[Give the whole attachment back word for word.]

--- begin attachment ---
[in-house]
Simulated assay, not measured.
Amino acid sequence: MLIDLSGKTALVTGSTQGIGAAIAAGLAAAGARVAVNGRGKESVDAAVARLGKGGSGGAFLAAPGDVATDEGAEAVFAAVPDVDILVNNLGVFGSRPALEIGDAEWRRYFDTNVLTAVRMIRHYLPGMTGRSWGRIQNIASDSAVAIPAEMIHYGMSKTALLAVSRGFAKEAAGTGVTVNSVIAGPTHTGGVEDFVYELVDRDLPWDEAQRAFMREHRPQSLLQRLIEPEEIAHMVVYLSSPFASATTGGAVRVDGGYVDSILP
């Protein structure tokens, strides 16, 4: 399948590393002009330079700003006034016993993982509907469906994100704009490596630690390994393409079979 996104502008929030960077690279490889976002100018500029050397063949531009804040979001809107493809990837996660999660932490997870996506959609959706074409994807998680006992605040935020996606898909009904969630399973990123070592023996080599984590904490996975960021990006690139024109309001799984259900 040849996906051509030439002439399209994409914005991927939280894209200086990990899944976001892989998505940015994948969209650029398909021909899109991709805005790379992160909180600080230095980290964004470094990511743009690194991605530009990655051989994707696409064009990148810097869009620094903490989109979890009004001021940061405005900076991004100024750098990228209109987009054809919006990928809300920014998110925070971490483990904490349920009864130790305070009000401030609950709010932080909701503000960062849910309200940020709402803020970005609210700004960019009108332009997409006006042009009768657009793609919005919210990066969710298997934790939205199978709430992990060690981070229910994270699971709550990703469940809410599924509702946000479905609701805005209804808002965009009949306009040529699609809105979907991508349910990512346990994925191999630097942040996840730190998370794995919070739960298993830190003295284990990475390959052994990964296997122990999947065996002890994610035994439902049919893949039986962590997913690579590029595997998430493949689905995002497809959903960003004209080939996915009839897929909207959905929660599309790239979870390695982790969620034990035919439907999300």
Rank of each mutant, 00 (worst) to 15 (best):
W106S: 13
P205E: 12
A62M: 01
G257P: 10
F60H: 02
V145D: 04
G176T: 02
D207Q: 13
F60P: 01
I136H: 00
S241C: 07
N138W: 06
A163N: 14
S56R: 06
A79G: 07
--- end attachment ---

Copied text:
[in-house]
Simulated assay, not measured.
Amino acid sequence: MLIDLSGKTALVTGSTQGIGAAIAAGLAAAGARVAVNGRGKESVDAAVARLGKGGSGGAFLAAPGDVATDEGAEAVFAAVPDVDILVNNLGVFGSRPALEIGDAEWRRYFDTNVLTAVRMIRHYLPGMTGRSWGRIQNIASDSAVAIPAEMIHYGMSKTALLAVSRGFAKEAAGTGVTVNSVIAGPTHTGGVEDFVYELVDRDLPWDEAQRAFMREHRPQSLLQRLIEPEEIAHMVVYLSSPFASATTGGAVRVDGGYVDSILP
């Protein structure tokens, strides 16, 4: 399948590393002009330079700003006034016993993982509907469906994100704009490596630690390994393409079979 996104502008929030960077690279490889976002100018500029050397063949531009804040979001809107493809990837996660999660932490997870996506959609959706074409994807998680006992605040935020996606898909009904969630399973990123070592023996080599984590904490996975960021990006690139024109309001799984259900 040849996906051509030439002439399209994409914005991927939280894209200086990990899944976001892989998505940015994948969209650029398909021909899109991709805005790379992160909180600080230095980290964004470094990511743009690194991605530009990655051989994707696409064009990148810097869009620094903490989109979890009004001021940061405005900076991004100024750098990228209109987009054809919006990928809300920014998110925070971490483990904490349920009864130790305070009000401030609950709010932080909701503000960062849910309200940020709402803020970005609210700004960019009108332009997409006006042009009768657009793609919005919210990066969710298997934790939205199978709430992990060690981070229910994270699971709550990703469940809410599924509702946000479905609701805005209804808002965009009949306009040529699609809105979907991508349910990512346990994925191999630097942040996840730190998370794995919070739960298993830190003295284990990475390959052994990964296997122990999947065996002890994610035994439902049919893949039986962590997913690579590029595997998430493949689905995002497809959903960003004209080939996915009839897929909207959905929660599309790239979870390695982790969620034990035919439907999300």
Rank of each mutant, 00 (worst) to 15 (best):
W106S: 13
P205E: 12
A62M: 01
G257P: 10
F60H: 02
V145D: 04
G176T: 02
D207Q: 13
F60P: 01
I136H: 00
S241C: 07
N138W: 06
A163N: 14
S56R: 06
A79G: 07